5. One for the Many, Two for the Slow

    Most plants and animals are diploid, with two copies of each chromosome, but some eukaryotes are haploid and carry just one copy. Both schemes have relative advantages—diploid organisms should be better protected against deleterious mutations, and haploid organisms should acquire beneficial mutations more readily. Zeyl et al. (p. 555; see the Perspective by Grieg and Travisano) experimentally tested these ideas by propagating both haploid and diploid yeast populations for 2000 generations and measuring their rates of adaptation to the culture conditions. Haploid populations adapted significantly at large population sizes, but this advantage was eliminated in much smaller population sizes. Mating in diploids, which was not allowed in these experiments, would likely lead to further selection advantages in small populations.

  6. Coherent Coda

    The coda is the late part of a seismic signal that is relatively heterogeneous because it represents the scattering of sound waves off of small-scale structures in the lithosphere. Campillo and Paul (p. 547) identified a coherent signal of surface waves by correlating the codas from 101 earthquakes to a few specific stations. The noisy pattern at the end of a seismic signal can yield important information about the structure of the lithosphere that cannot be derived from other seismic phases.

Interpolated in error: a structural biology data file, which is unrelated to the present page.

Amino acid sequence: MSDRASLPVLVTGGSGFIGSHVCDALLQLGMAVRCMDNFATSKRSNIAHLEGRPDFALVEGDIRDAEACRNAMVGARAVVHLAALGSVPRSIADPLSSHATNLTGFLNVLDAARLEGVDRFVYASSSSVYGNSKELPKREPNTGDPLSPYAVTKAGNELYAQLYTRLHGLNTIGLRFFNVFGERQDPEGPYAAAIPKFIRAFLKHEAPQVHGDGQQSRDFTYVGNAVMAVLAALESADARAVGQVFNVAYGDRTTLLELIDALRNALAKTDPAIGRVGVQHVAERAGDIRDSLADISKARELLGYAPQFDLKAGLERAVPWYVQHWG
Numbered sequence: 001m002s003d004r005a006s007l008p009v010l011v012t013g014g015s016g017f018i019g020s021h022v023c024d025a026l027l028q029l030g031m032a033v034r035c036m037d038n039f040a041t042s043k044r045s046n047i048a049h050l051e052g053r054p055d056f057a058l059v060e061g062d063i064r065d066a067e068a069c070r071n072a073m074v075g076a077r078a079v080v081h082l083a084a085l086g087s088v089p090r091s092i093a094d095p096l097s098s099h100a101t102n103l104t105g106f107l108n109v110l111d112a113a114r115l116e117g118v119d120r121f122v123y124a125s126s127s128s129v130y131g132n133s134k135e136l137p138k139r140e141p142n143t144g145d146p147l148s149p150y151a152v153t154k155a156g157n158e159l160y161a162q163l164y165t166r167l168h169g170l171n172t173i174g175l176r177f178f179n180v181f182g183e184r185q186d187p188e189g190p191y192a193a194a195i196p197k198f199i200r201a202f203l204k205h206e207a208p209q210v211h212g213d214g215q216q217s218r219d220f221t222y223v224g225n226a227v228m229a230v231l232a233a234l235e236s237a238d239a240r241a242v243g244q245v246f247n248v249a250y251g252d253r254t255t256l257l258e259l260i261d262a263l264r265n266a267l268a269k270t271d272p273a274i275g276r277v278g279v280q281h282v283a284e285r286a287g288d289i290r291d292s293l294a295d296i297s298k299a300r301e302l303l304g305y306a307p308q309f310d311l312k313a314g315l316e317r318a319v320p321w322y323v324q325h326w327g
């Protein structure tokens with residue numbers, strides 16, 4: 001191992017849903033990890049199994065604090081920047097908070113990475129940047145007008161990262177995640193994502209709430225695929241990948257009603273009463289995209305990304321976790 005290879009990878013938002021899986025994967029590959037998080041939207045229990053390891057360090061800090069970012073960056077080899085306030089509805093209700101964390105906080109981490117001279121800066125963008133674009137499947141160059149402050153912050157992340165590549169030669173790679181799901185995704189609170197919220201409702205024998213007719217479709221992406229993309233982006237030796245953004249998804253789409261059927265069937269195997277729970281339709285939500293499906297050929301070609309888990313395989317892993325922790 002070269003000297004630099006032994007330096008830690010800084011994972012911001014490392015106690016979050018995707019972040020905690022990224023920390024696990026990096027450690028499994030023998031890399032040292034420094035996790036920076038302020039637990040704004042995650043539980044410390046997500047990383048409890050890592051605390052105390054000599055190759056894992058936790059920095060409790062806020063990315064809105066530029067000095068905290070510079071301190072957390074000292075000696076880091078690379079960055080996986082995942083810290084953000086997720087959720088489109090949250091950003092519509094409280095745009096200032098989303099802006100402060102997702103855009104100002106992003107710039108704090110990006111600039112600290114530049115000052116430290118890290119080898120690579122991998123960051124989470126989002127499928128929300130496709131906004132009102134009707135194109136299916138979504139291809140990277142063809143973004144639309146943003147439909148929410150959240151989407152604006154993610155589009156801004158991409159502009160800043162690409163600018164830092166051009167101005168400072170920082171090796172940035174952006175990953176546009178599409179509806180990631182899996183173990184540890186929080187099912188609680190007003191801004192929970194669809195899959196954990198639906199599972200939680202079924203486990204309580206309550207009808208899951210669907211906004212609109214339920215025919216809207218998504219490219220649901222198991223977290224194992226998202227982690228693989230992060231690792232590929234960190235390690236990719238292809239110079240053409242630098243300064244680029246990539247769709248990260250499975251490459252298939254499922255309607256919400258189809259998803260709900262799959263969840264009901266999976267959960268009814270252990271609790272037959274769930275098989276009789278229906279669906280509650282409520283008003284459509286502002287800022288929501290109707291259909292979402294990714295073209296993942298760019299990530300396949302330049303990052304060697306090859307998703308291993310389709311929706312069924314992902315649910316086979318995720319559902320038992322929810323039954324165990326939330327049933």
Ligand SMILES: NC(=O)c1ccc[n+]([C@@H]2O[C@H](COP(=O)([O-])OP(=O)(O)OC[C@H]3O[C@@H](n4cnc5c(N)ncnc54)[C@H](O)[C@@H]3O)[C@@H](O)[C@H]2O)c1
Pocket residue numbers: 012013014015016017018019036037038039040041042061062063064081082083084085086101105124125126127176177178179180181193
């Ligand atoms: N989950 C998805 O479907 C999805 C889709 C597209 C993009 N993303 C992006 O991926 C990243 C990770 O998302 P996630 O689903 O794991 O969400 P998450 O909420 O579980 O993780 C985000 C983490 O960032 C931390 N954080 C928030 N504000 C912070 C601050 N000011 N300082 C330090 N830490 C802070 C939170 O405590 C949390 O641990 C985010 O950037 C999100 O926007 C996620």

7. Changing Where You Send the Bill

    Migratory neural crest cells are one of the sources of developmental information that are integrated into the shaping of the head and face. Schneider and Helms (p. 565; see the Perspective by Trainor) used cellular chimeras of duck and quail to produce “qucks” and “duails” to analyze the molecular information exchange that directs beak formation in these birds. The transplanted neural crest cells form the right type of structures in the right locations as required by the host, but the specific form of those structures is directed by the source of the neural crest cells. The transplanted cross-species neural crest cells also directed development of host craniofacial structures with which they interact. Thus, the final shape of neural crest derivatives in the face is a triple interplay of reciprocating information streams.

    CREDIT: SCHNEIDER AND HELMS
  8. Bug Breathing

    Openings in the exoskeleton of insects connect to a vast network of tubules, the respiratory tracheal system, and it has been thought that insects rely on passive diffusion and physical activity to move gases through this system. Westneat et al. (p. 558; see the cover) used an x-ray source to visualize tracheal respiration and report a previously unobserved tracheal compression and expansion cycle in inactive insects similar to that of vertebrate lungs.